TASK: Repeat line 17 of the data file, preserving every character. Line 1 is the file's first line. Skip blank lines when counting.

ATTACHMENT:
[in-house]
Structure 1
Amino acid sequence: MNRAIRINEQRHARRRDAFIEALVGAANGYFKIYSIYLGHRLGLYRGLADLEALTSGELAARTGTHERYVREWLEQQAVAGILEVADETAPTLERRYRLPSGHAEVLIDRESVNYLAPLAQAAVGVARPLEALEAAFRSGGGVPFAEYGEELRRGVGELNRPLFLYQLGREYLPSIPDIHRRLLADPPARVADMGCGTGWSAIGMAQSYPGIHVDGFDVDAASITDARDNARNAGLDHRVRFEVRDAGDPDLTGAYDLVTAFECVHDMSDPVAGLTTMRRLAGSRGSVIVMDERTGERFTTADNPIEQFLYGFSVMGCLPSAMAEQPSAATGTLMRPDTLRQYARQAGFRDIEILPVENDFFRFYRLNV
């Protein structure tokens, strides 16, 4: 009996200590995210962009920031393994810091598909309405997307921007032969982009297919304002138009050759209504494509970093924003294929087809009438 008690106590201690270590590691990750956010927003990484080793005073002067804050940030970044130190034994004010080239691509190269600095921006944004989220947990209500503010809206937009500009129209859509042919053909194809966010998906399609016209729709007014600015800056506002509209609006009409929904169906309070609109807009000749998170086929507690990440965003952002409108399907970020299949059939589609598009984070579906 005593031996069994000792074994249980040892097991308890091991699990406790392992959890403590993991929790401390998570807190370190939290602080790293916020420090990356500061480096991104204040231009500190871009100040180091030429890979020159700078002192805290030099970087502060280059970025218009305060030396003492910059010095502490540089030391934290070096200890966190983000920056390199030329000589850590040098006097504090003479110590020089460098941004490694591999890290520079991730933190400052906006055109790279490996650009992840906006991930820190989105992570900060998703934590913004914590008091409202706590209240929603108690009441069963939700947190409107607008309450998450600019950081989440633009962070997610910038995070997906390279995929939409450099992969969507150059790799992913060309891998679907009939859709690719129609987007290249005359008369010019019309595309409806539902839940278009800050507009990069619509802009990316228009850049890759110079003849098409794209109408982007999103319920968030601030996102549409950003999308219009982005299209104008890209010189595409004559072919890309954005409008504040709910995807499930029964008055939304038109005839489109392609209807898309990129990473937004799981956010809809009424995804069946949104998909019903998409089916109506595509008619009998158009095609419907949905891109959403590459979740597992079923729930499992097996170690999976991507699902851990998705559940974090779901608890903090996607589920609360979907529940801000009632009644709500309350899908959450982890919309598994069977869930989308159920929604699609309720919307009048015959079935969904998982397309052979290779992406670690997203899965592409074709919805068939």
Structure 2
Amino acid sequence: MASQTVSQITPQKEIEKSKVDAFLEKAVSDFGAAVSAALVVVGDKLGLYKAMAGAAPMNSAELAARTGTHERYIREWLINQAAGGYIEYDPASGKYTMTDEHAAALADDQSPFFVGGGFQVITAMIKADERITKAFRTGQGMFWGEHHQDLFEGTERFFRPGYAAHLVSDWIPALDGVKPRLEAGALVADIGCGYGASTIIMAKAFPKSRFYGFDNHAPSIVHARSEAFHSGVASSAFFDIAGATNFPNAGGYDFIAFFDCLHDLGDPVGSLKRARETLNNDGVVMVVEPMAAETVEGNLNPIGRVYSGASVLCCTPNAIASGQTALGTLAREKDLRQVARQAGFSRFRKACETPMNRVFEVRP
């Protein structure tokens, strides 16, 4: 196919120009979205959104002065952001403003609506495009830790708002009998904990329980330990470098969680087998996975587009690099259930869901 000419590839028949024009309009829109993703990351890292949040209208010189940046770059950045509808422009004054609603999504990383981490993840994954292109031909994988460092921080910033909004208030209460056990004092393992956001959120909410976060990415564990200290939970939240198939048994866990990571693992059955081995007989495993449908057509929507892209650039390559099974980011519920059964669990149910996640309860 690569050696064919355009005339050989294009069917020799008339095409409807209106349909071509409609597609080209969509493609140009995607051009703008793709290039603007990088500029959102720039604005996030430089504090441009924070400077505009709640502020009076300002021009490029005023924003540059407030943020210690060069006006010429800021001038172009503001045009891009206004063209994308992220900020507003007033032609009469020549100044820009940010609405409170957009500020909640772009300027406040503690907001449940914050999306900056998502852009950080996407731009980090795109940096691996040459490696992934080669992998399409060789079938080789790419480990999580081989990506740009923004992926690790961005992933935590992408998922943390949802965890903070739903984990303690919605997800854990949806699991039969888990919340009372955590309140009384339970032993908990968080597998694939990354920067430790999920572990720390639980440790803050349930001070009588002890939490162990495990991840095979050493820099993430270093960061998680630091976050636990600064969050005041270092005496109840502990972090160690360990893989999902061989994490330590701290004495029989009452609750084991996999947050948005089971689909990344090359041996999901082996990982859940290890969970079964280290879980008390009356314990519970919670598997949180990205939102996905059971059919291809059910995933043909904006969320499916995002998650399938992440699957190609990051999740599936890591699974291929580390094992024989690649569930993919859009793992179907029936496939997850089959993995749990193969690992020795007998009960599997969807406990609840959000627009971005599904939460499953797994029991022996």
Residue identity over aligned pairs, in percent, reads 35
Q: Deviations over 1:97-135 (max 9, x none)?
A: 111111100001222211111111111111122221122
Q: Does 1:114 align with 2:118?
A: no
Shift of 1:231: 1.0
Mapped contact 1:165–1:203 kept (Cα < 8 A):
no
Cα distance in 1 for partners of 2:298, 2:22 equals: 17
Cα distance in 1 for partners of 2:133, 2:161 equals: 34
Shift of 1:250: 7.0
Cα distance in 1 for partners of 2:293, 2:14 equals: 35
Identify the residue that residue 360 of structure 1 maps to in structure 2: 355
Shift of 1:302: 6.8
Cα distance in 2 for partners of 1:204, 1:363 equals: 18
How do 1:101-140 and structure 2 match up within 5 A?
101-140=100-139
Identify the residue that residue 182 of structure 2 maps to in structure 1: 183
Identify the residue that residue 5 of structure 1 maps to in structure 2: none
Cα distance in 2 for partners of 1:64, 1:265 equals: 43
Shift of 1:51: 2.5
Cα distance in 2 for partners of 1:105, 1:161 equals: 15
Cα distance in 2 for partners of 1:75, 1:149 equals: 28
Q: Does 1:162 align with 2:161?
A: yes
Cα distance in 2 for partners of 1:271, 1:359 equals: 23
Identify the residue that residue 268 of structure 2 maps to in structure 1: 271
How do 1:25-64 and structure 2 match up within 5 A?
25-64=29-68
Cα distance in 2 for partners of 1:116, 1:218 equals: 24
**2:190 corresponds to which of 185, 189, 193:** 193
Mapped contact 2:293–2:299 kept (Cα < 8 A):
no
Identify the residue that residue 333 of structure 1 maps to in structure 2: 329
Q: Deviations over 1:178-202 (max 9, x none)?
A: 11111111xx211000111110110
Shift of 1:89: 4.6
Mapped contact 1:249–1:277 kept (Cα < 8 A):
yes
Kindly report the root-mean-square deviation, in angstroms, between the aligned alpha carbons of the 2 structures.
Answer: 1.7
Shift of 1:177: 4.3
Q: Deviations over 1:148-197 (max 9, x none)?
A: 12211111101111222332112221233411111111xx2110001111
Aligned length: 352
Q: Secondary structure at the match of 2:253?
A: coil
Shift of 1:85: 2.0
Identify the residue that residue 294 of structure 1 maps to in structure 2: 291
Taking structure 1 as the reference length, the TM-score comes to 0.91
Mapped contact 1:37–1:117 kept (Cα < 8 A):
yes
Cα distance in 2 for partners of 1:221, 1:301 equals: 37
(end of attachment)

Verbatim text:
Cα distance in 1 for partners of 2:133, 2:161 equals: 34